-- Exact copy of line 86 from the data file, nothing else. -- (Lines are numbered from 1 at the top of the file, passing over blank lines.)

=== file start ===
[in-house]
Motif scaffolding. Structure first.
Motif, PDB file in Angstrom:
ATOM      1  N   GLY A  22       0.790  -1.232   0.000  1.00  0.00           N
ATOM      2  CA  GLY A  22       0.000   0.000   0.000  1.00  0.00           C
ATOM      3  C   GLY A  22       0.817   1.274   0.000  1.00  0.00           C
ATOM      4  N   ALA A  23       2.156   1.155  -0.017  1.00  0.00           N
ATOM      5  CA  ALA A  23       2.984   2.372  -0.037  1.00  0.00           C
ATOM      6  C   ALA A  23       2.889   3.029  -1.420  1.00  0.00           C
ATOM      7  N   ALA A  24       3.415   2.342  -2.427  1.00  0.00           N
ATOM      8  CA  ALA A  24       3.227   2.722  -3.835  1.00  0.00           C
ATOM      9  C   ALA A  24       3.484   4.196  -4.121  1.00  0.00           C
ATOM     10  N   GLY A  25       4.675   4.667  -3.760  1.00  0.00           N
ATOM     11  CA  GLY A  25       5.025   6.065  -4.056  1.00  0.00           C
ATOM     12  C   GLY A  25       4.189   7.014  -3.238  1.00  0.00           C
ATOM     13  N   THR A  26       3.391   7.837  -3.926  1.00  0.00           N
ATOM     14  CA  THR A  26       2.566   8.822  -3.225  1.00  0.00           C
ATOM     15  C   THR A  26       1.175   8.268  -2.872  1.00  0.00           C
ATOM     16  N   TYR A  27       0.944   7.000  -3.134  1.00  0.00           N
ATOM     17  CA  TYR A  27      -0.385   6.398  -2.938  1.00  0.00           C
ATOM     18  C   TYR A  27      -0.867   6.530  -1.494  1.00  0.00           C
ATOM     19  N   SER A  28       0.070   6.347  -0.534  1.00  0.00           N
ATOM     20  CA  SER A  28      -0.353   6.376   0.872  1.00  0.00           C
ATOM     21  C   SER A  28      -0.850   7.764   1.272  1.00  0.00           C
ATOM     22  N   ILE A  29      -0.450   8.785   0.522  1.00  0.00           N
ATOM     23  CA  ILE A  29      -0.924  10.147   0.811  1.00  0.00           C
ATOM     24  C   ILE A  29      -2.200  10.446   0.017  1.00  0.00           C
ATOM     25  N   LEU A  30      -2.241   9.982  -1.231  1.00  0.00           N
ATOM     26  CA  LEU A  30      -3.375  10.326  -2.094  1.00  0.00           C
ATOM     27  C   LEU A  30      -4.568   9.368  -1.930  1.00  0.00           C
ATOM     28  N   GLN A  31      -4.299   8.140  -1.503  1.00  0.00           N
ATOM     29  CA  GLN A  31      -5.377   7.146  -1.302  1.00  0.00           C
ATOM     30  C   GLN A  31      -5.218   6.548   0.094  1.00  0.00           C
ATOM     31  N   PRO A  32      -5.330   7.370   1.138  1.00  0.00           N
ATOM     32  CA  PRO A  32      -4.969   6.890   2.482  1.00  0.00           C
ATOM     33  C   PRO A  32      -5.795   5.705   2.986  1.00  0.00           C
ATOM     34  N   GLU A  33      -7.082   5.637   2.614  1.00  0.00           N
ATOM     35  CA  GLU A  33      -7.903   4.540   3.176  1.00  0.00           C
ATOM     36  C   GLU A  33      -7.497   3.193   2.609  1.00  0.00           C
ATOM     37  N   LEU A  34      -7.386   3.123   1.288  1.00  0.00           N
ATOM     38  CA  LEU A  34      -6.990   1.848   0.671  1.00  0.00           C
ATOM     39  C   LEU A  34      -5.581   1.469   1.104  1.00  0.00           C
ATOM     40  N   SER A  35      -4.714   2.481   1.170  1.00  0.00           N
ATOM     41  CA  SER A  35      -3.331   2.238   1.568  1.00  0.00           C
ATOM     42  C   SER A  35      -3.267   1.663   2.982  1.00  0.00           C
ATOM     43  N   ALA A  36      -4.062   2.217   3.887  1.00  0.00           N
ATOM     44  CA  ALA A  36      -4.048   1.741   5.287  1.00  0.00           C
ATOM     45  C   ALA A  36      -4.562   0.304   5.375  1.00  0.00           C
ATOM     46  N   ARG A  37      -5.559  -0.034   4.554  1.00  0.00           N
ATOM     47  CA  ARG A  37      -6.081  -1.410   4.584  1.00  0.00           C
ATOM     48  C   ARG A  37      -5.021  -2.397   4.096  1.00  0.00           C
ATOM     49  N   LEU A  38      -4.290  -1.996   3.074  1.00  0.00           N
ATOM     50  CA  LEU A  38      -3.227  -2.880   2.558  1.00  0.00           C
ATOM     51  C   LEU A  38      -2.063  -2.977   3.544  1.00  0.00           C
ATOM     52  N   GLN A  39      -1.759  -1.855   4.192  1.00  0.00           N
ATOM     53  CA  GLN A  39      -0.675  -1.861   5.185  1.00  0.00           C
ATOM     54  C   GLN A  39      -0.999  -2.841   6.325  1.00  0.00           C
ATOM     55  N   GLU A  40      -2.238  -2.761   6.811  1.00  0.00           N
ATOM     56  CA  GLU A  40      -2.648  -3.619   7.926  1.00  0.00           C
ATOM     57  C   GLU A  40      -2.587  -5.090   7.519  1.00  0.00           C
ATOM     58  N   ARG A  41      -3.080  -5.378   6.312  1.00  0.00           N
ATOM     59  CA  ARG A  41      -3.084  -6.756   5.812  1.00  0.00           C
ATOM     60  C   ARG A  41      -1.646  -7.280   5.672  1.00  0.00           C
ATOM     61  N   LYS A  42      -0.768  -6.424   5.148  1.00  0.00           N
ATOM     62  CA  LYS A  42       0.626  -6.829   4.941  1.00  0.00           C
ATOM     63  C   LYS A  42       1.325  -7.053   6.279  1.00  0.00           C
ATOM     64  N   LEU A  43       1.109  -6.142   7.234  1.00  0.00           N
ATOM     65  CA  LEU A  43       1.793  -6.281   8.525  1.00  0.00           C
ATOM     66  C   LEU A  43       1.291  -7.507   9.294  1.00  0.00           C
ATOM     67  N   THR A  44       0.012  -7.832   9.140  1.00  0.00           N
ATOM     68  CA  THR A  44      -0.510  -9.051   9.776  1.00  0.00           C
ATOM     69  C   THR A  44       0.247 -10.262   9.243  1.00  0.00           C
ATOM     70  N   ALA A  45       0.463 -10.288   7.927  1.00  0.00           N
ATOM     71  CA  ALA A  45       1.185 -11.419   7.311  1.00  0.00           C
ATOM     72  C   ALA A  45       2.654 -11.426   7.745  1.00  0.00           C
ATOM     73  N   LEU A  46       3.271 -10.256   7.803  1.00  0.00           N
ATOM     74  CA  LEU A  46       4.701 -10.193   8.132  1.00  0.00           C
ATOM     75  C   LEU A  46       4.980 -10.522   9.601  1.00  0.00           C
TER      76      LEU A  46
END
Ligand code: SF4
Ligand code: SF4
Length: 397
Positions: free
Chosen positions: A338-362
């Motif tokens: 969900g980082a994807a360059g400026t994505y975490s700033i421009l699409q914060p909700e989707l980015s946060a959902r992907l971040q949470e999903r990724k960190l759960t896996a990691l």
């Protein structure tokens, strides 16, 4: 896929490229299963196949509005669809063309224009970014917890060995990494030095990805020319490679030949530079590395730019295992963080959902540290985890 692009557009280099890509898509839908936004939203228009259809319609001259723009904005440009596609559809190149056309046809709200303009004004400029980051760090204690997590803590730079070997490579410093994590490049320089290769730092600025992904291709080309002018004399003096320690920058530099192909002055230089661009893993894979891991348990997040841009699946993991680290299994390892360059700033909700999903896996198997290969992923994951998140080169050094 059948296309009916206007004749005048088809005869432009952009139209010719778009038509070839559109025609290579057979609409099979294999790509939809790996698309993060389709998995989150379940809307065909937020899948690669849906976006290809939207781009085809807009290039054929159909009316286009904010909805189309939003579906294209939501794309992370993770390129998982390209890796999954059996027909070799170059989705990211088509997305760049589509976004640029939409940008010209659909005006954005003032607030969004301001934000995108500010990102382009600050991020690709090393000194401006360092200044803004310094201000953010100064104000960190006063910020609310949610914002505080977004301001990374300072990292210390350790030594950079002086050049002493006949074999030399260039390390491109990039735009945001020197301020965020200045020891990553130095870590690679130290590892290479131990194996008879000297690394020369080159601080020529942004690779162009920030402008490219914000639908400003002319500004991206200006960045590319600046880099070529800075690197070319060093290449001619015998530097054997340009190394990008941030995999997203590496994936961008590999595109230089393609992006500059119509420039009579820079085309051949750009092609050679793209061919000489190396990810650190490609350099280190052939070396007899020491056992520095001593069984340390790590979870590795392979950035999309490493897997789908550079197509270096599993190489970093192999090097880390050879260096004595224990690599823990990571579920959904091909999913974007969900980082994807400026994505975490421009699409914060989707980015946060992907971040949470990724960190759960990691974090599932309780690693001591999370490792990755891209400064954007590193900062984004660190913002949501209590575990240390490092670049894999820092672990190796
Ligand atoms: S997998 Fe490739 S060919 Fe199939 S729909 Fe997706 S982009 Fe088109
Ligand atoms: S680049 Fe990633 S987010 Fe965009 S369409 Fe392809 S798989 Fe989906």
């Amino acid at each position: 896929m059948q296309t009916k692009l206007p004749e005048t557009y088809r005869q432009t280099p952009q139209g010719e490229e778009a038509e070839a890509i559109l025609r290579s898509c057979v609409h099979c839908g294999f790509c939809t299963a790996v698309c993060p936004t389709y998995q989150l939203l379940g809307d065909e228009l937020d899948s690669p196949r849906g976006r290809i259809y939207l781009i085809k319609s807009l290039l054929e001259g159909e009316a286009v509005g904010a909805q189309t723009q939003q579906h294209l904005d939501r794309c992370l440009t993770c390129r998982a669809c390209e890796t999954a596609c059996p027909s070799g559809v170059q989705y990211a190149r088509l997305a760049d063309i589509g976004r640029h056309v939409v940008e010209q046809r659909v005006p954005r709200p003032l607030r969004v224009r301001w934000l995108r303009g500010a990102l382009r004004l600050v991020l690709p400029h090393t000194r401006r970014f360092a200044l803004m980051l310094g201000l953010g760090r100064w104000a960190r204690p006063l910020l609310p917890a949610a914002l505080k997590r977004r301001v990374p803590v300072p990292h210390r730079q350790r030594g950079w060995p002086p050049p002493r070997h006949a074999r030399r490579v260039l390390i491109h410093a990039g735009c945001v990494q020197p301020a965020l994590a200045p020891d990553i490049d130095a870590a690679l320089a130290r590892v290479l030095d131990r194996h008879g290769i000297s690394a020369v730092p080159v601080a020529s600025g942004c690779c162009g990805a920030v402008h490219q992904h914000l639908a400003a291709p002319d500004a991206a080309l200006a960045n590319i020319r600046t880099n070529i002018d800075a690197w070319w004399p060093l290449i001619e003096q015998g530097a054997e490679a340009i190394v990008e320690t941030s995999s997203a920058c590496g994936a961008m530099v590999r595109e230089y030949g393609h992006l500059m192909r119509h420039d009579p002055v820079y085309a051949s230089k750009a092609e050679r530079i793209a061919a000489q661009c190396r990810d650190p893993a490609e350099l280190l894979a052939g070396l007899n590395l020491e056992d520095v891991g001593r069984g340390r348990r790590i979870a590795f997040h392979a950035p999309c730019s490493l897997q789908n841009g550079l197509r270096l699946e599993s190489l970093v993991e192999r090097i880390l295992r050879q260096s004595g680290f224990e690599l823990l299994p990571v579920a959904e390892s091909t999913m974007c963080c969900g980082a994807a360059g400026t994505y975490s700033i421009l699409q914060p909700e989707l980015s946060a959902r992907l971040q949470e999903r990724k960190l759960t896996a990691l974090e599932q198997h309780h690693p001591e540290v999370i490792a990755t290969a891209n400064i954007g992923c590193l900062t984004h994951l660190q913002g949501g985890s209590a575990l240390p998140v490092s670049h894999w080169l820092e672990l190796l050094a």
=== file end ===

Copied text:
């Motif tokens: 969900g980082a994807a360059g400026t994505y975490s700033i421009l699409q914060p909700e989707l980015s946060a959902r992907l971040q949470e999903r990724k960190l759960t896996a990691l």